Why use scroll animations in your design?
Animating content on a page as a user scrolls down can make long content-heavy pages feel more digestible and less intimidating. Users can focus on one section at a time—the one you animate onto the screen as it scrolls into view.
Scroll animations also provide an opportunity for you to restructure the visual hierarchy without changing the design elements you already have. Animation in general is a powerful way to draw attention to specific elements in your design. By orchestrating scroll animations, you can control where users look and in what order with a lot of precision.
Scroll animations can be great candidates for A/B tests in some situations, for example: reducing bounce rates on landing pages or long content pages, increasing conversions on a newsletter signup form at the bottom of a page, and drawing extra attention to the primary CTA (call to action).
Examples of scroll animations
Epicurrence’s site uses scroll animations to introduce each section of the page and lead the user’s eye from the initial graphic to the text. This is an excellent example of creating a visual hierarchy with animation.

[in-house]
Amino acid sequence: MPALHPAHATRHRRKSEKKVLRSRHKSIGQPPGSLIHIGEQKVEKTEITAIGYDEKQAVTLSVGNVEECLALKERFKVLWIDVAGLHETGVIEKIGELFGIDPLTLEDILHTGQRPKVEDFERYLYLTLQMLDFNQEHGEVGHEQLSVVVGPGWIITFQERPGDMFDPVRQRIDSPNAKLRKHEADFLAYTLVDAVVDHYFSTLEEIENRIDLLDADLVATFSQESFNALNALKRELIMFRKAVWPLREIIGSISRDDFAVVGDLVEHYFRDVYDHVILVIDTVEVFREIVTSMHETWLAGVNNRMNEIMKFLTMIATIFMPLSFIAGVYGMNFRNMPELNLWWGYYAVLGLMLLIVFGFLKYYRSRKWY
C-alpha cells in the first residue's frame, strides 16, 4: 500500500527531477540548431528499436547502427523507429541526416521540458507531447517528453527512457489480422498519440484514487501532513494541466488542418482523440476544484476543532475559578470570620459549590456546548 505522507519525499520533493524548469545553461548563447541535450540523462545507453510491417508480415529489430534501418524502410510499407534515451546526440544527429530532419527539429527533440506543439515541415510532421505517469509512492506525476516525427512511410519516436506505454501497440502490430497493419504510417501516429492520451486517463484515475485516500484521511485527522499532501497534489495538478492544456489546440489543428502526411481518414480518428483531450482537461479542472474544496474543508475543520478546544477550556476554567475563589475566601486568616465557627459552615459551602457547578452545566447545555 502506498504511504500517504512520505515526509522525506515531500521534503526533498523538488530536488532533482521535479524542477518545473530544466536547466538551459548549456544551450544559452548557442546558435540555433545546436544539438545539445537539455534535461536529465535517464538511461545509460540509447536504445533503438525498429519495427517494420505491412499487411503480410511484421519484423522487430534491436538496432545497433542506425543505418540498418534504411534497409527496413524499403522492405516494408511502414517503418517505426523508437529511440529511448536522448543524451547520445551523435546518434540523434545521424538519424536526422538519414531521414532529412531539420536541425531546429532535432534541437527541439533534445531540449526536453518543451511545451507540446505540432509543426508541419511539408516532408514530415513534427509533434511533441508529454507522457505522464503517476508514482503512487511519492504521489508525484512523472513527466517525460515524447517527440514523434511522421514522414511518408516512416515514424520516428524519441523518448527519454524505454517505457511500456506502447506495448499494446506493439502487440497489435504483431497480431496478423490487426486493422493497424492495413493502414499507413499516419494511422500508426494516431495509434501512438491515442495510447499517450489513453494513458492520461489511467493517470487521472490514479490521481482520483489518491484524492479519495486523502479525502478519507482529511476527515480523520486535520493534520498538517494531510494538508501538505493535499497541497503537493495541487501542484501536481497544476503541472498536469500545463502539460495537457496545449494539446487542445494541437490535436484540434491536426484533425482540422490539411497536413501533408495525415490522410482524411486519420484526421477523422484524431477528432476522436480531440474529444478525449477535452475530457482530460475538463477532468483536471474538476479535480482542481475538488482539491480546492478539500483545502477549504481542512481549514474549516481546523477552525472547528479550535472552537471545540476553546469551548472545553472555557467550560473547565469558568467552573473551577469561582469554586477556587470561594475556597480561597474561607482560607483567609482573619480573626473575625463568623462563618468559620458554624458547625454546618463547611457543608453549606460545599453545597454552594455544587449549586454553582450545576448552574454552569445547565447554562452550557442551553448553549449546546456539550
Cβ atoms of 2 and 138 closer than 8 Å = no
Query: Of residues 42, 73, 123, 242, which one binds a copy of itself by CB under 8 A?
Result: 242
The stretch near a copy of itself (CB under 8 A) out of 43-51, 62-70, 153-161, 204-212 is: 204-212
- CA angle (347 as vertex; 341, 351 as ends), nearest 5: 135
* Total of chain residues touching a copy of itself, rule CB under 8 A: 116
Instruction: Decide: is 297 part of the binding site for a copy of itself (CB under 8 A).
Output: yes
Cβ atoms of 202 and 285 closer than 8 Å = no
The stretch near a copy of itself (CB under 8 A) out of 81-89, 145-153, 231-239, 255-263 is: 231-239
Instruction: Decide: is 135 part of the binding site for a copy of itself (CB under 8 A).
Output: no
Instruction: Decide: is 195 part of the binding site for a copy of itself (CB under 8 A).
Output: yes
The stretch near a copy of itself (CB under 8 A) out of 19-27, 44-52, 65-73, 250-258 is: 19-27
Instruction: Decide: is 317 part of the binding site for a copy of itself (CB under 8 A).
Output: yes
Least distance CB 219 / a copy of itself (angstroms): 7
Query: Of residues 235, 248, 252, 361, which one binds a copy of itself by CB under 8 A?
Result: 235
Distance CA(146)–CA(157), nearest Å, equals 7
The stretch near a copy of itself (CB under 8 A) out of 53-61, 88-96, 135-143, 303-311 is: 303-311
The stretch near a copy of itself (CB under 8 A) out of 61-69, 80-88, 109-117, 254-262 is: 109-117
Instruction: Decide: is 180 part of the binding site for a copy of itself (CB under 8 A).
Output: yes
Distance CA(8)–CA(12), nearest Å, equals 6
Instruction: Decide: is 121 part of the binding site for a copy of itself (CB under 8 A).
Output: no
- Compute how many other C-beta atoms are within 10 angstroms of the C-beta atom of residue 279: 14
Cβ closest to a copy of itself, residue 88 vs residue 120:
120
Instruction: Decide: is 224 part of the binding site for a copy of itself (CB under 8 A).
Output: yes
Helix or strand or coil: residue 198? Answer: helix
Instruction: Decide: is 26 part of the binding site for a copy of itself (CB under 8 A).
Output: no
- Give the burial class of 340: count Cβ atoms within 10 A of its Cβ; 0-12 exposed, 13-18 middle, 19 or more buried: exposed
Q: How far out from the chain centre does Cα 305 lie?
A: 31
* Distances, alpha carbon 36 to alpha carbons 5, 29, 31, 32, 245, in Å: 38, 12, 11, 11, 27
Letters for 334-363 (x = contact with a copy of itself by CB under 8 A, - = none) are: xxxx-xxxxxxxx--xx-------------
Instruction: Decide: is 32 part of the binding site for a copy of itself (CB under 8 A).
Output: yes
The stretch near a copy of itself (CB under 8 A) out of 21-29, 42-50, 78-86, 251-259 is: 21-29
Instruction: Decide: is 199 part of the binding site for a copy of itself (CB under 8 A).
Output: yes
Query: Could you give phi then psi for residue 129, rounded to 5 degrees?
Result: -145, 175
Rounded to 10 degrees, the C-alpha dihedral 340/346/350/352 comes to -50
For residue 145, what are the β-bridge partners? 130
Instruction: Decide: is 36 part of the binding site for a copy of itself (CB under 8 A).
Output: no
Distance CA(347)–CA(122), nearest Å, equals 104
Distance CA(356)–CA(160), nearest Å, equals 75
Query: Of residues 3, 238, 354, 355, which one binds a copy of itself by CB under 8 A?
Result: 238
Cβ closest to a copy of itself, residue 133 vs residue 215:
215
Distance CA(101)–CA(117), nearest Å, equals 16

Jenny Johannesson’s incredible portfolio homepage expertly uses scroll animations to emphasize the call to action button for each piece of content. Notice how the last element to animate is the button, and how the animation for the button draws a lot more attention than the other animations.
Via Helen Tran
Helen Tran’s site uses subtle scroll animations that add just a hint of movement as you explore the long case study pages. The animation draws attention to new content as the user scrolls down the page, which helps persuade the user to keep reading.
When to avoid scroll animations
The downsides of scroll animations are usability, browser support, and accessibility. Scroll animations need to be implemented with extreme care, or they can damage the user experience.
Scroll animations cause a delay before a user can see and use elements in your design. Never apply animations to important content or elements that users need to see immediately.
Also, when implementing your scroll animations, make sure to use something like Modernizr to hide animations for devices/browsers that don’t support them.
Animation is a major issue for accessibility. Val Head’s article on A List Apart is a great starting point for understanding how to use animation responsibly.